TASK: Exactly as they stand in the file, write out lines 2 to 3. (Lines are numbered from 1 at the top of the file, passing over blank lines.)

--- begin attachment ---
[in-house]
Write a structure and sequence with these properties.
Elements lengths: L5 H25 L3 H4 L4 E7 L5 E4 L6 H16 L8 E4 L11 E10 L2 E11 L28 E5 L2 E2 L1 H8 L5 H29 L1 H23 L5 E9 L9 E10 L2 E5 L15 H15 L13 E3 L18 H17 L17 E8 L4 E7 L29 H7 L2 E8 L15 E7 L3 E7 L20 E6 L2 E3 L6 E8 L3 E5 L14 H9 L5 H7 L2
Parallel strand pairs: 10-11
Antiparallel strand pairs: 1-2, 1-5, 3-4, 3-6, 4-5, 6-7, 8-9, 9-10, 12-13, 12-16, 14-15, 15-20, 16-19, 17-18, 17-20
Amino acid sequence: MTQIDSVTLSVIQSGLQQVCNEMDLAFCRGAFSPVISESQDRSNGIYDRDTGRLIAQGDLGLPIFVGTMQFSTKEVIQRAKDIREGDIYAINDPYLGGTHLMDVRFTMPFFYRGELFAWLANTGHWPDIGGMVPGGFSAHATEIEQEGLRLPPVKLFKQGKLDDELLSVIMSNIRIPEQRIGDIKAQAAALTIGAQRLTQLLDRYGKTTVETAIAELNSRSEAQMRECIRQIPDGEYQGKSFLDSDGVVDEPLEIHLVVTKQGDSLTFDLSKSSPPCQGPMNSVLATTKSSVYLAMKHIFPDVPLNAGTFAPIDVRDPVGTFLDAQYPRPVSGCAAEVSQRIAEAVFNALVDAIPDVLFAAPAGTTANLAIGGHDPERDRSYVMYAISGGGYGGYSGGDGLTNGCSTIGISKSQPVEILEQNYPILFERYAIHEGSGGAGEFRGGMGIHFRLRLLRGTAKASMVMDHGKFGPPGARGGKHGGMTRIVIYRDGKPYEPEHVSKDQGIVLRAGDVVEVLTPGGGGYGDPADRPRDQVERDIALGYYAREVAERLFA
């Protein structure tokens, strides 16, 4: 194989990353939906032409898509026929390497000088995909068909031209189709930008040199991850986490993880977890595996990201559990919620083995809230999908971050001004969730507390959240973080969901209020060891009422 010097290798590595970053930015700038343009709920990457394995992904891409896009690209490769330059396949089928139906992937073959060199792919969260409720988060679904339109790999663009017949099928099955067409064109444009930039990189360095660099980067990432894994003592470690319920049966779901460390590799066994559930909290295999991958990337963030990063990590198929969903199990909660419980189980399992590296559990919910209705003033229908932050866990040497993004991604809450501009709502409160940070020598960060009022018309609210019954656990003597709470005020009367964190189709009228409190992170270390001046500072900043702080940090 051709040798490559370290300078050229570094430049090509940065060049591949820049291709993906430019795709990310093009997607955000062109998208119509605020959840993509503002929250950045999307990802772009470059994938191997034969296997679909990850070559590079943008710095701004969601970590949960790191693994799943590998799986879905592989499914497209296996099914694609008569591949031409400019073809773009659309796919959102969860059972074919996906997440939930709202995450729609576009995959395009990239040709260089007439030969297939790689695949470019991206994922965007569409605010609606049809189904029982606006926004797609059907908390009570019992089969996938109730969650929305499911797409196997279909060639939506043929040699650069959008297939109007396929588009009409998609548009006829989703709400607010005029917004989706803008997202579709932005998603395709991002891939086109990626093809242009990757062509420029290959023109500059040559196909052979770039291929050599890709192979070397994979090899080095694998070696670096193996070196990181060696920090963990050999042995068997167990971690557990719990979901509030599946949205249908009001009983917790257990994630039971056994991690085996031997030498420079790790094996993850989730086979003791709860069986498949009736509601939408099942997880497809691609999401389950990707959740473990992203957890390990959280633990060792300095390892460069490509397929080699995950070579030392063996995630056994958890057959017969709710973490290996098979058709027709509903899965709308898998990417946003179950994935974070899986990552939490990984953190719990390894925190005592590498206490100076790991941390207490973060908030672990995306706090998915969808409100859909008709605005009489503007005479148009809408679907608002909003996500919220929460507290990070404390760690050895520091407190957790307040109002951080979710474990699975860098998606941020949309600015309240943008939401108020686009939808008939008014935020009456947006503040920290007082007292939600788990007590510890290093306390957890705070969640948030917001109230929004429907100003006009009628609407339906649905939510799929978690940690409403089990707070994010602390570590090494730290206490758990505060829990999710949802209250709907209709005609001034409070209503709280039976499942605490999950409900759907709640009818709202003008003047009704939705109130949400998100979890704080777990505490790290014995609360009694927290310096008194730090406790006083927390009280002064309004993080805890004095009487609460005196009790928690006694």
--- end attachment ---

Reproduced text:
Write a structure and sequence with these properties.
Elements lengths: L5 H25 L3 H4 L4 E7 L5 E4 L6 H16 L8 E4 L11 E10 L2 E11 L28 E5 L2 E2 L1 H8 L5 H29 L1 H23 L5 E9 L9 E10 L2 E5 L15 H15 L13 E3 L18 H17 L17 E8 L4 E7 L29 H7 L2 E8 L15 E7 L3 E7 L20 E6 L2 E3 L6 E8 L3 E5 L14 H9 L5 H7 L2